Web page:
Islamist rebels attack Mali town
- 24 March 2013
- From the section Africa
Islamist rebels have attacked Gao in northern Mali, officials say.
The rebels were repelled after two hours of fierce fighting, a Malian army official said.
He said the insurgents had slipped past army checkpoints to enter the town. Gao residents had raised the alarm, saying rebels had entered their neighbourhood.
Gao was controlled by an Islamist group for several months before it was liberated in a French-led offensive in January.
The Islamist group Mujao had imposed a strict form of Sharia during its 10 month occupation of the town.
Gao Mayor Sadou Diallo said the Islamist fighters had launched Saturday's attack inside the city's Quatrieme Quartier, or Fourth District, and retreated when they were engaged by Malian forces.
"There was heavy gunfire. The situation is under control now. The Islamists entered via Quatrieme Quartier, and the army went to meet them and was able to push them back," Mr Diallo told the Associated Press news agency.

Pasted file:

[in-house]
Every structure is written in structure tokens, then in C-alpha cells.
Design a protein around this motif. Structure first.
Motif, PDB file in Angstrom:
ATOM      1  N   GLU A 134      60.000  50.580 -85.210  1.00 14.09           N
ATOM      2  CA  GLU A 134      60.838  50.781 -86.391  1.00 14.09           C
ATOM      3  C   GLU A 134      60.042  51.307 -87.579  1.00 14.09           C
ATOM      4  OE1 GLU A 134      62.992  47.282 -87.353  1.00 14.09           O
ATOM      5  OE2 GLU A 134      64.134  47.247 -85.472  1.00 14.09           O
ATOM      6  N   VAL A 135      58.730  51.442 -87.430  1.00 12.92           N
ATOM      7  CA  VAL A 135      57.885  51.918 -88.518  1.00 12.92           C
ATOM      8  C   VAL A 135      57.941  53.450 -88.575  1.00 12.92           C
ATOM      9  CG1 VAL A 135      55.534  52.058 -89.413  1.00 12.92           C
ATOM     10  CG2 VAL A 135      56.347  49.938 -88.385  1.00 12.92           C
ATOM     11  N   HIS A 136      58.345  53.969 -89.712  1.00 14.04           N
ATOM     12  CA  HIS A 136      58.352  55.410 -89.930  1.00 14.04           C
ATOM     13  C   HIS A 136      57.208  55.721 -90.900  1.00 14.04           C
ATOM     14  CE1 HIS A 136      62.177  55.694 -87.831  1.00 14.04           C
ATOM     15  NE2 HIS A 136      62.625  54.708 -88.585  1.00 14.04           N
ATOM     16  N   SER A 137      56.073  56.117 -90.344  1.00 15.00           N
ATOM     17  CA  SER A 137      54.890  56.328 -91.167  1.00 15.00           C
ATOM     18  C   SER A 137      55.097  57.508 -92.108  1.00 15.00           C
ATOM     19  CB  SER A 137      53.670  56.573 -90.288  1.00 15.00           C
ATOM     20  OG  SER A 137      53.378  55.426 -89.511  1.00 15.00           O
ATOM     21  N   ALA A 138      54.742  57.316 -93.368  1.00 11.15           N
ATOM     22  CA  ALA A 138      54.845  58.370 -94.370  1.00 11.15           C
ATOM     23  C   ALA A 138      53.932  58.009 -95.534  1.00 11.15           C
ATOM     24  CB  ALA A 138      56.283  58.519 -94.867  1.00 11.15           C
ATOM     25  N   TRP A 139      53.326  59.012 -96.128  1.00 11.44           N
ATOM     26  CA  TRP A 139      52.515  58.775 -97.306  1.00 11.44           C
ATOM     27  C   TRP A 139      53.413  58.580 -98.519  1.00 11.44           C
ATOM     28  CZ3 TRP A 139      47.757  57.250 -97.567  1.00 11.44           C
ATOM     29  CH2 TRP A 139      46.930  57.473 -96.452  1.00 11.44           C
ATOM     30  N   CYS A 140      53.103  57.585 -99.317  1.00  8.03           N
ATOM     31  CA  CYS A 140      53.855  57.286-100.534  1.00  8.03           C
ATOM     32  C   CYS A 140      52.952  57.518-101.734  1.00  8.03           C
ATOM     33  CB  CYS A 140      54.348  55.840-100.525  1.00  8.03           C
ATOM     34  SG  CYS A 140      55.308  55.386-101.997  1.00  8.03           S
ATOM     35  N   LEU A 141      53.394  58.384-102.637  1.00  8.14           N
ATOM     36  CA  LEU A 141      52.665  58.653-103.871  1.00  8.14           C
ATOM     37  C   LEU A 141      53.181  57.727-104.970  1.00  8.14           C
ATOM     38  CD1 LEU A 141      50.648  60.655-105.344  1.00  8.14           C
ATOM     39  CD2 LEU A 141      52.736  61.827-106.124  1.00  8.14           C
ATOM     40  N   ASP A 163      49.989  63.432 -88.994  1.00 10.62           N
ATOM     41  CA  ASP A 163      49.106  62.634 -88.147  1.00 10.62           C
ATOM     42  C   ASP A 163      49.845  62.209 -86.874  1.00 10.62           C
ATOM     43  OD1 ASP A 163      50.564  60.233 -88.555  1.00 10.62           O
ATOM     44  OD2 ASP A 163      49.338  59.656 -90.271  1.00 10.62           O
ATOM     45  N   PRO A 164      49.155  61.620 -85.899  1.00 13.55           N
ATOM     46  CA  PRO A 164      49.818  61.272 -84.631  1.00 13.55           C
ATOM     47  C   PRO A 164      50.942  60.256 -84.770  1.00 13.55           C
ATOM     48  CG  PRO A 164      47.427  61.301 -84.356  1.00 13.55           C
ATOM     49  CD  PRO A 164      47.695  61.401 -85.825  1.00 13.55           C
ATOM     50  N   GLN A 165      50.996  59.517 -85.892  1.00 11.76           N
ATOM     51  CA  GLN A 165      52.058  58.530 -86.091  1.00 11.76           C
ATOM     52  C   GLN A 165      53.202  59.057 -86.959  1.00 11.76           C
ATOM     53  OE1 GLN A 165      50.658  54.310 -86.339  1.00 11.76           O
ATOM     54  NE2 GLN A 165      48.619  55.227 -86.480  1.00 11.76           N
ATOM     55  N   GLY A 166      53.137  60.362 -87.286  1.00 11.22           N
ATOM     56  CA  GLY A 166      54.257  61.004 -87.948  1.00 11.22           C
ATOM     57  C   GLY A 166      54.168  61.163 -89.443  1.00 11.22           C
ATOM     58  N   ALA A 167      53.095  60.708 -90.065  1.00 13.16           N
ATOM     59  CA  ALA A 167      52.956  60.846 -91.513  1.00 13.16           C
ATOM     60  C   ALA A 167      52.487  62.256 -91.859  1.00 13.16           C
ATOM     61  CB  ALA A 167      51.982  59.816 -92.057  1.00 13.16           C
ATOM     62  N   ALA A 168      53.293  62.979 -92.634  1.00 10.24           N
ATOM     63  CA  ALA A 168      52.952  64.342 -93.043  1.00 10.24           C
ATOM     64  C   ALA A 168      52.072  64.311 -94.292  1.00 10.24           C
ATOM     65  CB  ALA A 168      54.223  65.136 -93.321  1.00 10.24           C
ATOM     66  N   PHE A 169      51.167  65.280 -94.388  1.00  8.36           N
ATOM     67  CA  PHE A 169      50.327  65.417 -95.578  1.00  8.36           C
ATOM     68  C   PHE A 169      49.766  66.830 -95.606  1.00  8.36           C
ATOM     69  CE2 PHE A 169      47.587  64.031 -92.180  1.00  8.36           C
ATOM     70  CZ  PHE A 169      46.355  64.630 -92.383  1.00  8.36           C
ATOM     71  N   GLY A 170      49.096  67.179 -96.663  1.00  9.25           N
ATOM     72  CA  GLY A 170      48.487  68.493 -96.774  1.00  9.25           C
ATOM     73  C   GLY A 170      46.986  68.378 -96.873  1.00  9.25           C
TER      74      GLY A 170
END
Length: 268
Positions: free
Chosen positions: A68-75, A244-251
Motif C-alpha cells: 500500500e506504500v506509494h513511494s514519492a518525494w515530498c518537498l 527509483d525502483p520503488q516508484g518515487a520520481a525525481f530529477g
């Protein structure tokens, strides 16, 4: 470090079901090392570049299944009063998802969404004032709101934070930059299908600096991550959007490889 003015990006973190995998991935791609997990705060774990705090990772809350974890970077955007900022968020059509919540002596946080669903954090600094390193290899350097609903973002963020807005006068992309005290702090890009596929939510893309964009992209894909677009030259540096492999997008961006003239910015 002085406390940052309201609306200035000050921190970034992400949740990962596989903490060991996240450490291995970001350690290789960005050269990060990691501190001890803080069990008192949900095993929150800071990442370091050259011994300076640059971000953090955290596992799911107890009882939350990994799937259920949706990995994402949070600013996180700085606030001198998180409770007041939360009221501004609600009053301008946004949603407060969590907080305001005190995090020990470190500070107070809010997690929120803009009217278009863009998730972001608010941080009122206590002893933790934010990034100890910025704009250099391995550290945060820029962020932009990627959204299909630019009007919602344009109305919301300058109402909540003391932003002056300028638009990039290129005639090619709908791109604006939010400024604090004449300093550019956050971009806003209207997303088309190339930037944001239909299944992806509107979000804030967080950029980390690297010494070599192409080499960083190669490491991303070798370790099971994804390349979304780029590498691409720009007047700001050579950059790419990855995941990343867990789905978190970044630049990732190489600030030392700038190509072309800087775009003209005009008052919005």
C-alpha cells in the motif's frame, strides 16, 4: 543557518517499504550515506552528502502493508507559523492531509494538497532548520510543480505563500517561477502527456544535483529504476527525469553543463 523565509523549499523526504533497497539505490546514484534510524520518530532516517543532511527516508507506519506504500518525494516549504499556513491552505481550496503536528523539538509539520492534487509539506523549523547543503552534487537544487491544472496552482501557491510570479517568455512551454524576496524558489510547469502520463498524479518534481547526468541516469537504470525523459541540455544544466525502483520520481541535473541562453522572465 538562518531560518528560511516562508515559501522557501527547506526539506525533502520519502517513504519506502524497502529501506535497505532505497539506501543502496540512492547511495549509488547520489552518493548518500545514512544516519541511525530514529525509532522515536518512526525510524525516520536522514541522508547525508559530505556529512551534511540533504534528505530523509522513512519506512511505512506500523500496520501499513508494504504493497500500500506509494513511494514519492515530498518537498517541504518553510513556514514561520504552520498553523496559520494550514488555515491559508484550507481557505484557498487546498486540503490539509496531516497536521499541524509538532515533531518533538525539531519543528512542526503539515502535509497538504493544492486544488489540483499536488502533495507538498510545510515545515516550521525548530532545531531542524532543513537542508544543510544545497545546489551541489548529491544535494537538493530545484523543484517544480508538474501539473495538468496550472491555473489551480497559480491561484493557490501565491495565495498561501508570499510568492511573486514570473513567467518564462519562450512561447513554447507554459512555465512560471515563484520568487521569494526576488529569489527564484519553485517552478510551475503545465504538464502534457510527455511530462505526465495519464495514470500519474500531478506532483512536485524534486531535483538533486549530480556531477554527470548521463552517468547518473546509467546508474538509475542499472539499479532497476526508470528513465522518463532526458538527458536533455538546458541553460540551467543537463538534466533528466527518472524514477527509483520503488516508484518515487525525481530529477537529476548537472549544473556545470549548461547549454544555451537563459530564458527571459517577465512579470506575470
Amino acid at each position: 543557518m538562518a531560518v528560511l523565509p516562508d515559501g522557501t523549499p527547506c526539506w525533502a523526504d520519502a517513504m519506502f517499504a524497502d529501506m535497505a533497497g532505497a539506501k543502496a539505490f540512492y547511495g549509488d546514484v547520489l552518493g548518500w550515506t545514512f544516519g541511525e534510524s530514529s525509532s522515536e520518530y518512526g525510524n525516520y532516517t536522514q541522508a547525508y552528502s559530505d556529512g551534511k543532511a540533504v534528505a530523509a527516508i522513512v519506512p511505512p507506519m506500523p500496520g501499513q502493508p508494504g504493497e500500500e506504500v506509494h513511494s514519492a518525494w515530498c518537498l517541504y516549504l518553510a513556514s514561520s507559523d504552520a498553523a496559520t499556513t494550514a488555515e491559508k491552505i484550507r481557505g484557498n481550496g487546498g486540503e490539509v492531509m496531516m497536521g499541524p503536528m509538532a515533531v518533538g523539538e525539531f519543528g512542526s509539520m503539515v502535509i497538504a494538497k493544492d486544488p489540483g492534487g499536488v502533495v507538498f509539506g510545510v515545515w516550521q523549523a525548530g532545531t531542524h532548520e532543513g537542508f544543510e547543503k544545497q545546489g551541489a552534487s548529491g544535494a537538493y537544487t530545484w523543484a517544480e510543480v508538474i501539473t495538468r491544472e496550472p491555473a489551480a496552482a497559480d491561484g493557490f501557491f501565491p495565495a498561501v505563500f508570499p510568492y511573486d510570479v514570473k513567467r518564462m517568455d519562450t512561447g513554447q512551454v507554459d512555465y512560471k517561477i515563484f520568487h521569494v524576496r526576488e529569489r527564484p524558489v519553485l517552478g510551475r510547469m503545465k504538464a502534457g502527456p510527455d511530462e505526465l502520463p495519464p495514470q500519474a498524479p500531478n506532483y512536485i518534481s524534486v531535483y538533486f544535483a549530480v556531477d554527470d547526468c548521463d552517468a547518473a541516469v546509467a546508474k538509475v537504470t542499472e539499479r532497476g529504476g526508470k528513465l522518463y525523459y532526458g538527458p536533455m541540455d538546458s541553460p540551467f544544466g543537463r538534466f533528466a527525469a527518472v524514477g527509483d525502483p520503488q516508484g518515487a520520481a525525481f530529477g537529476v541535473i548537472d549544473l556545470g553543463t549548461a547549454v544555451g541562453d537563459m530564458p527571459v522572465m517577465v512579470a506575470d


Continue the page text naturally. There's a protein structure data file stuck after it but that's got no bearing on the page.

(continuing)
"There is another group that entered via the river, but they too were pushed back. It's under control."
No death toll was immediately available after Saturday's firefight.
Islamist rebels seized vast swathes of northern Mali a year ago after a military coup in the capital Bamako.
France intervened militarily in January amid fears that the militants were preparing to advance on Bamako. It currently has about 4,000 troops in Mali.
Mali's army and troops from several African countries, including 2,000 from Chad, have also been involved in the fighting.
Since the intervention began, major cities including Gao, Kidal and Timbuktu have been recaptured but fighting is still continuing in desert mountains.
France plans to withdraw its troops from Mali next month, with West African countries expected to take over in the run-up to elections due in July.